Money from heaven can be real or fake and it can be dropped by trusted helicopter pilots or as Universal Basic Income

Sir, Robert Skidelsky writes: Because “there is no assurance that a lot of such helicopter money would not be hoarded…contemporary advocates of helicopter money like Willem Buiter and Adair Turner see it mainly in terms of monetary financing of additional government spending. The government should pay for, say, an investment programme not by issuing debt to the public but by borrowing from the central bank. This will increase the government’s deficit, but not the national debt, since a loan by the central bank to the government is not intended to be repaid. Thus the government acquires an asset but no corresponding liability.” “A tweak to helicopter money will help the economy take off” August 5.

Have these statists gone raving mad? “The government acquires an asset but no corresponding liability?” Is this a Ponzi fiscal revenue scheme?

Have these statists gone raving mad? In this world of cash-strapped citizens would they not know better what to do with their helicopter money than some bureaucrats with other people’s helicopter money?

And besides, helicopter money could be real money and it could be fake money… and only fiscal revenues Ponzi schemers would be thinking of dropping what’s fake.

And besides, helicopter pilots could be trusted, or only doing the drops on their favorite neighborhoods.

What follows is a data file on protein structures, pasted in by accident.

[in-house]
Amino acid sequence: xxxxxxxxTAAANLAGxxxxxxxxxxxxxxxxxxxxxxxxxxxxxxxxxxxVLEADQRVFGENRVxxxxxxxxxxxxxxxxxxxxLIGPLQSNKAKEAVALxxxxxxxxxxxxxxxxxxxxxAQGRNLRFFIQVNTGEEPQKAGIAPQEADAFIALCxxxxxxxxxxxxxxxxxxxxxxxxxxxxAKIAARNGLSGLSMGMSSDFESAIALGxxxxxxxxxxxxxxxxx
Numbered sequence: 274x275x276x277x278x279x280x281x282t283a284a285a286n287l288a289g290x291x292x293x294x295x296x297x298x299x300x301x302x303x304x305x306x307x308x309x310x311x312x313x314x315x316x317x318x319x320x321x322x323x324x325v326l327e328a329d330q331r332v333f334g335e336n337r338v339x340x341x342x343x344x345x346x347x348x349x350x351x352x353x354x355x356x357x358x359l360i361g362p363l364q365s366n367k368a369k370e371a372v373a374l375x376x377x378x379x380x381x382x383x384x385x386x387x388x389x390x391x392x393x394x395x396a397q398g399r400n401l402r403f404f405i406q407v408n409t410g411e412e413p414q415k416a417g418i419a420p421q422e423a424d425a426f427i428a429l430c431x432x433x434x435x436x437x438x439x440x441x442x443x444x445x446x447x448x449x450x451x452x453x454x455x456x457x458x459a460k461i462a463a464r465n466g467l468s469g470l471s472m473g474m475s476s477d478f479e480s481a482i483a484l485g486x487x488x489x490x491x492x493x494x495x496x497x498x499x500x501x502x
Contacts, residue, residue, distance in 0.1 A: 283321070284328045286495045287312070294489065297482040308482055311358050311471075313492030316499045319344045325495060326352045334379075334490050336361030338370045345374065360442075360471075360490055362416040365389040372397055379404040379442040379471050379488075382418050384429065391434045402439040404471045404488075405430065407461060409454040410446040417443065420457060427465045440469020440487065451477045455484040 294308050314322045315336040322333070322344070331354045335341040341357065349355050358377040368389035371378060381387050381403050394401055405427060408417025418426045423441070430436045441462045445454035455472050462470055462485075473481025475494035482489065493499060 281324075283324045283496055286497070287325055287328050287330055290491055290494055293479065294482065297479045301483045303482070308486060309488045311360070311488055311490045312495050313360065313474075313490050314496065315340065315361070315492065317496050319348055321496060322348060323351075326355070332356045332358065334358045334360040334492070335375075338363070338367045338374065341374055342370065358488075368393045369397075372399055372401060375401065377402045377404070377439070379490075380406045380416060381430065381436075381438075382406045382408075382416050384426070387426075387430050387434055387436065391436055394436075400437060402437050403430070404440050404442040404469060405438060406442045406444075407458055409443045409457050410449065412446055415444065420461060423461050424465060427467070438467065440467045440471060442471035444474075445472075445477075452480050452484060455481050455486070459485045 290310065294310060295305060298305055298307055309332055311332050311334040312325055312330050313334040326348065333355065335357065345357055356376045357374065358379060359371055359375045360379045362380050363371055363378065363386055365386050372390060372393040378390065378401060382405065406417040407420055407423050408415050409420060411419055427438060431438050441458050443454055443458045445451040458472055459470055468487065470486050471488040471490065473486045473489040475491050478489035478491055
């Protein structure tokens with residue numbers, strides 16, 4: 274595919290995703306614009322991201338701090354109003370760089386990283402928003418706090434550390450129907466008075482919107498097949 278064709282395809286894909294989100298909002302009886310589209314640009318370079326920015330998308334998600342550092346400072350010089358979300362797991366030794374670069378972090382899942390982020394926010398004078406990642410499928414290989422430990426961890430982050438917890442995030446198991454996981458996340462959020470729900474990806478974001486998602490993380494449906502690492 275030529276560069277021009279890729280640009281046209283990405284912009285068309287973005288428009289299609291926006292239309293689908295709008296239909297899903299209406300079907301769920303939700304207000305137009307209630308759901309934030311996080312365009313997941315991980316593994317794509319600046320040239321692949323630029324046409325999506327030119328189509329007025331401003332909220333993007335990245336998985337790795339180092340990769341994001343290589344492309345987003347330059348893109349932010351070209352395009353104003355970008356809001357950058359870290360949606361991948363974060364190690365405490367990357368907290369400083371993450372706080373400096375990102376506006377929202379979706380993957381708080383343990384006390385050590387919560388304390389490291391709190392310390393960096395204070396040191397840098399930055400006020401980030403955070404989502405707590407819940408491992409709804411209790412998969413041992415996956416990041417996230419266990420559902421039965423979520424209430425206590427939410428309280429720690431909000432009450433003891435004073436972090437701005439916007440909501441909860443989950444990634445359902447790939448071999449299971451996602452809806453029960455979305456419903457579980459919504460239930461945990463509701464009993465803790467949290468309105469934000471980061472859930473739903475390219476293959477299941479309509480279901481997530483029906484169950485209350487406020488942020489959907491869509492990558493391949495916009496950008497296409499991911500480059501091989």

So, if you introduce a Pro-Equality tax, and drop all those revenues by means of a Universal Basic Income scheme equally to everyone, both the hoarding and the redistribution profiteering will be small.

Sir, if we are not expecting to profit on the redistribution, is that not what we, poor and rich, all want and need? 

@PerKurowski ©

At what point do negative rates on government debt become absolutely incompatible with its zero % risk weight?

Sir, in reference to Dan McCrum’s “Fire up the printing presses for a useful jolt to the economy” August 5, this is what I have to say.

Government issues bonds, the public buy these, and central banks, wanting the economy to grow, then buy these from the public.

Then the public does not know what to do with that purchasing power given to them by the central banks and, wanting to play it “safe”, looks to buy government bonds, and so the interest rates on public debts goes further down.

And so then Martin Wolf and other recommend the government to take advantage of these low rates, in order to invest in infrastructure. And if government follows their advice, it will issue more bonds, and the public will buy these.

But since the economic punch from infrastructure investments vanishes quite fast if there are no one willing to use and pay the right price for it, the central banks will then buy more government bonds from the public… and on and on it goes.

And, to top it up, banks and insurance companies are told by their regulators: “If you do not buy 0% risk-weighted government bonds, then you have to cough up with more equity”. And so banks (and insurance companies and alike) buy more government bonds, and the rates on these keep falling and falling… where does it end?